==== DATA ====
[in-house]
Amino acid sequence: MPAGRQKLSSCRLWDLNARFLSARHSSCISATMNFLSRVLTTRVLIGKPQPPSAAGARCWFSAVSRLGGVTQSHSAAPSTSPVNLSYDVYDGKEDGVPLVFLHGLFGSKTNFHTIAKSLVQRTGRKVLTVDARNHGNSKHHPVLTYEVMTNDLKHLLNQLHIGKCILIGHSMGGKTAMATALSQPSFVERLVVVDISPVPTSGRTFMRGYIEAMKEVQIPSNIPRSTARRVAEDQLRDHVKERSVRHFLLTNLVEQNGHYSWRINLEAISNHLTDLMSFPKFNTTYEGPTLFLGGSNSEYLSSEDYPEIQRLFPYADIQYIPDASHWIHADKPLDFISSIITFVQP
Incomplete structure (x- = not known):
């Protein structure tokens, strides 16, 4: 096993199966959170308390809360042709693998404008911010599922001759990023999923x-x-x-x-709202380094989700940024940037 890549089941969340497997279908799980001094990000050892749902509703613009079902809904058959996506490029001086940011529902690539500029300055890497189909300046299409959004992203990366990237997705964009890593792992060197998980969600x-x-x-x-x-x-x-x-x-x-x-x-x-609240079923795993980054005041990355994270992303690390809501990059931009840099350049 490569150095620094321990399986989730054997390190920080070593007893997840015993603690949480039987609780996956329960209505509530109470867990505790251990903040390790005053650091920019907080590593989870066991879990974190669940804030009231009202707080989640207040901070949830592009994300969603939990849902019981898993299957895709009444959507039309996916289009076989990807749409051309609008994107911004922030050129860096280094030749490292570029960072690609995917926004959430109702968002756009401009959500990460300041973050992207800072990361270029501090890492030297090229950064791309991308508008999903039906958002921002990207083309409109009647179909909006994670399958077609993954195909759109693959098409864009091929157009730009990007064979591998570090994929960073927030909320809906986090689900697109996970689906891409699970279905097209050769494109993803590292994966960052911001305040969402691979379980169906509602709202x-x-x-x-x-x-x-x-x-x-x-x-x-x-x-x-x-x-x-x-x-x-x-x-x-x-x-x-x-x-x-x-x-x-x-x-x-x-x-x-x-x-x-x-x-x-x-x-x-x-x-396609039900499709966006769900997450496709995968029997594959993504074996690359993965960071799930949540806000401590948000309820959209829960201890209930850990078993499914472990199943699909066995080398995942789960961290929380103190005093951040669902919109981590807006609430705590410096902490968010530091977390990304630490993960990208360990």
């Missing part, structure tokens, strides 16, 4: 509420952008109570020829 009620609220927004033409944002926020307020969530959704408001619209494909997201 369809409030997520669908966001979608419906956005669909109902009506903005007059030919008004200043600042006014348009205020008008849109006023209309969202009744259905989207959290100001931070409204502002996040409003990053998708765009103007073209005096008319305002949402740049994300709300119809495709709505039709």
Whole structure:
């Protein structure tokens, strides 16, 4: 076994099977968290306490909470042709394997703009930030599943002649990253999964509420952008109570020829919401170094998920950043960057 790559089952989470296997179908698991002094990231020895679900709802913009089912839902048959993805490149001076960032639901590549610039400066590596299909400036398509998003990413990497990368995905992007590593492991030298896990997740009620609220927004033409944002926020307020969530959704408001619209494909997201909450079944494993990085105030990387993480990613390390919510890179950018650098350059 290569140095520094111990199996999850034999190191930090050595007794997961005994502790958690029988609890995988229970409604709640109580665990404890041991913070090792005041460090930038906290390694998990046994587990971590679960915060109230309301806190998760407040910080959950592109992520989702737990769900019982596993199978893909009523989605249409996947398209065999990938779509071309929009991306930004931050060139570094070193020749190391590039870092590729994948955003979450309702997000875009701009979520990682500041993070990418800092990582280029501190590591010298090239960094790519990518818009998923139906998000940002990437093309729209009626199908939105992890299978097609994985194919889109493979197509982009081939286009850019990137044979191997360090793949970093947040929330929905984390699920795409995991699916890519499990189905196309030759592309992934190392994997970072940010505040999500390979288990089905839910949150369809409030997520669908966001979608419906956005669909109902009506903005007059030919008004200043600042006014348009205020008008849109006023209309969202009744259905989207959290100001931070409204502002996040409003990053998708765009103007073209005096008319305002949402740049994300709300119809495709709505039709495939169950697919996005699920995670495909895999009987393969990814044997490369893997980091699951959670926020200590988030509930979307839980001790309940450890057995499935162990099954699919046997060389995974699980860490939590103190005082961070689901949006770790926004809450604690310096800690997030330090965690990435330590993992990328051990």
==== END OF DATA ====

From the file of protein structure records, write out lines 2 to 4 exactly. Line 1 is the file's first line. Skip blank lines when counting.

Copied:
Amino acid sequence: MPAGRQKLSSCRLWDLNARFLSARHSSCISATMNFLSRVLTTRVLIGKPQPPSAAGARCWFSAVSRLGGVTQSHSAAPSTSPVNLSYDVYDGKEDGVPLVFLHGLFGSKTNFHTIAKSLVQRTGRKVLTVDARNHGNSKHHPVLTYEVMTNDLKHLLNQLHIGKCILIGHSMGGKTAMATALSQPSFVERLVVVDISPVPTSGRTFMRGYIEAMKEVQIPSNIPRSTARRVAEDQLRDHVKERSVRHFLLTNLVEQNGHYSWRINLEAISNHLTDLMSFPKFNTTYEGPTLFLGGSNSEYLSSEDYPEIQRLFPYADIQYIPDASHWIHADKPLDFISSIITFVQP
Incomplete structure (x- = not known):
């Protein structure tokens, strides 16, 4: 096993199966959170308390809360042709693998404008911010599922001759990023999923x-x-x-x-709202380094989700940024940037 890549089941969340497997279908799980001094990000050892749902509703613009079902809904058959996506490029001086940011529902690539500029300055890497189909300046299409959004992203990366990237997705964009890593792992060197998980969600x-x-x-x-x-x-x-x-x-x-x-x-x-609240079923795993980054005041990355994270992303690390809501990059931009840099350049 490569150095620094321990399986989730054997390190920080070593007893997840015993603690949480039987609780996956329960209505509530109470867990505790251990903040390790005053650091920019907080590593989870066991879990974190669940804030009231009202707080989640207040901070949830592009994300969603939990849902019981898993299957895709009444959507039309996916289009076989990807749409051309609008994107911004922030050129860096280094030749490292570029960072690609995917926004959430109702968002756009401009959500990460300041973050992207800072990361270029501090890492030297090229950064791309991308508008999903039906958002921002990207083309409109009647179909909006994670399958077609993954195909759109693959098409864009091929157009730009990007064979591998570090994929960073927030909320809906986090689900697109996970689906891409699970279905097209050769494109993803590292994966960052911001305040969402691979379980169906509602709202x-x-x-x-x-x-x-x-x-x-x-x-x-x-x-x-x-x-x-x-x-x-x-x-x-x-x-x-x-x-x-x-x-x-x-x-x-x-x-x-x-x-x-x-x-x-x-x-x-x-x-396609039900499709966006769900997450496709995968029997594959993504074996690359993965960071799930949540806000401590948000309820959209829960201890209930850990078993499914472990199943699909066995080398995942789960961290929380103190005093951040669902919109981590807006609430705590410096902490968010530091977390990304630490993960990208360990």